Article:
Algeria martyrs a paradigm of path to holiness

Algeria martyrs a paradigm of path to holiness Seven of the 19 Trappist monks who were martyred at Tibhirine monastery in Algeria.
Luca Attanasio

Five years have passed since the historic beatification of the 19 martyrs of Algeria celebrated at the shrine of Notre-Dame of Santa Cruz in Oran, Algeria. On the occasion of the Feast of the Immaculate Conception, on 8 December 2018, in a church packed with people including many Muslim believers and religious leaders, the first beatification of Christians in Islamic lands was officiated, a sign of deep rootedness and a desire for peaceful coexistence beyond the horrors of war. Significant, in this sense, was the choice to include in the beatification icon unveiled on 8 December 2018 in Oran, in addition to the 19 Christian martyrs, the figure of the 21-year-old Muslim Mohamed Bouchiki, driver and friend of Monsignor Claverie, Bishop of Oran, who was killed, along with the bishop himself, on 1 August 1996 following an explosion at the entrance to the bishopric.

Five years after that symbolic event, and almost 30 years after the outbreak of the civil conflict that left more than 200,000 dead in Algeria and swept away the 19 religious together with ninety-nine imams between 1994 and 1996, the postulator of the cause for beatification, Trappist Father Thomas Georgeon, explains to The Irish Catholic the meaning of a journey and the permanent value of a testimony that is still very much felt in the country, in the world, and in the Church.

Five years after the beatification, how is the postulation proceeding?

The postulation is attentive to the graces received through the intercession of the 19 martyrs. Of course, we hope that one day a miracle obtained through their intercession will enable us to move towards canonisation, but we must be patient and cautious! The current work of the postulation consists more of keeping abreast of the many initiatives that have been taken and supporting them: the publication of nine volumes of the writings of the monks of Tibhirine, the creation of a university chair for the 19 Blessed of Algeria, the resonance of their message with the poor, particularly in South America, through the theatrical work Pierre et Mohamed, the university research work underway in many countries, the organisation of colloquia in different linguistic spheres with publication of the proceedings, etc. Finally, we should be aware of the reputation for holiness of these brothers and sisters, a reputation that has spread far beyond the Church, to the peripheries so dear to Pope Francis.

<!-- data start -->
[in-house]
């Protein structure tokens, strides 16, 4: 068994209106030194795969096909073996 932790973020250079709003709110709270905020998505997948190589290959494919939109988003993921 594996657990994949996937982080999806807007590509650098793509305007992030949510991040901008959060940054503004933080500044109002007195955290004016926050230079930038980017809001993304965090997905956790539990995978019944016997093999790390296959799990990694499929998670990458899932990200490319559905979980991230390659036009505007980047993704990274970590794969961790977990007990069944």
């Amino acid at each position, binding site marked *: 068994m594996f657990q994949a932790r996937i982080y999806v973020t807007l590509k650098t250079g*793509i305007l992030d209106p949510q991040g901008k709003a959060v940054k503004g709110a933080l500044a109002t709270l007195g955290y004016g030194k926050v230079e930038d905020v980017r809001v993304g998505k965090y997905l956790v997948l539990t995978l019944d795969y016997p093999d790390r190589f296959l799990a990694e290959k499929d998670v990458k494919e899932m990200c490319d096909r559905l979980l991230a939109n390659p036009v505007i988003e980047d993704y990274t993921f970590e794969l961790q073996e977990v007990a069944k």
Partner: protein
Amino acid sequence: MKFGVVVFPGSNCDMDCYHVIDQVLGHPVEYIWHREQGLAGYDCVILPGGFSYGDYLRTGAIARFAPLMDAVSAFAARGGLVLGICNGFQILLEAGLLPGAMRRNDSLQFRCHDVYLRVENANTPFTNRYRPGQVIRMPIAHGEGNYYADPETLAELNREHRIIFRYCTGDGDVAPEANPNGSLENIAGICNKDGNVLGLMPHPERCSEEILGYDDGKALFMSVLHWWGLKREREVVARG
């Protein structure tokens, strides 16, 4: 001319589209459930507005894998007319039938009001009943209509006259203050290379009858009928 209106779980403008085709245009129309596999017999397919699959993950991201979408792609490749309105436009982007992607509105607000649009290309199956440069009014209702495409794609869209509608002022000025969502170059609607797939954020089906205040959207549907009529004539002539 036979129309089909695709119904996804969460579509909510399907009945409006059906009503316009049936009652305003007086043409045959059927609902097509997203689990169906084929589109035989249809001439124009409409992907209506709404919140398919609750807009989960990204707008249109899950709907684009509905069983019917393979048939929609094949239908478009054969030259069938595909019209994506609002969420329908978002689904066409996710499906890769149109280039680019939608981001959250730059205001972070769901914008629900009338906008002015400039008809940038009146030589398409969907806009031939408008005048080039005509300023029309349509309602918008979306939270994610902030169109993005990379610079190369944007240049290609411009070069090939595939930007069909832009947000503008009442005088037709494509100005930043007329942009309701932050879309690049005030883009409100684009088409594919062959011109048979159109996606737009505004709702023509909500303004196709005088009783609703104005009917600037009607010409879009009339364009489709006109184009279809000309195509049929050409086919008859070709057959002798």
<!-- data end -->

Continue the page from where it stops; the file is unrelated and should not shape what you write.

Just a few days ago, the conference ‘Hospitality and Holiness Next Door’ dedicated to the martyrs of Algeria took place in Madrid, can this form of Christianity experienced by the martyrs be considered the future challenge of the Church? Although at different times, can their testimony say something to today’s Church on the way to the synod of synodality?

The Madrid symposium was a rich experience of the universality of the message of the 19 martyrs, with the presence of Cardinal Cristobal Lopez of Rabat in Morocco, Archbishop Vesco of Algiers and people from around twenty different countries, including two Algerians. The lives of these martyrs open up a beautiful and very contemporary ecclesial challenge: to live by the gift of encounter, which is hospitality and fraternity, in order to be in tune with the vulnerability and fragility of our common humanity. Today, in certain parts of the world, the Church is experiencing greater poverty and fragility, and the witness of the 19 Blessed tells us that fraternity and poverty are a path, that they are an emergency and that they are a daring thing to do. The 19 martyrs of Algeria are, for the Church, an example of holiness incarnated in a profound community hospitality: first they were strangers welcomed in a strange land… then they were those who welcomed everyone. Holiness is a journey that can only be made if it is supported by four essential elements: courage, hope, grace and conversion. The discernment experienced in the 90s by the religious congregations to which they belonged also tells us something about synodality: In religious communities, we know that communion is the ultimate criterion for discernment and verification of the synodal journey.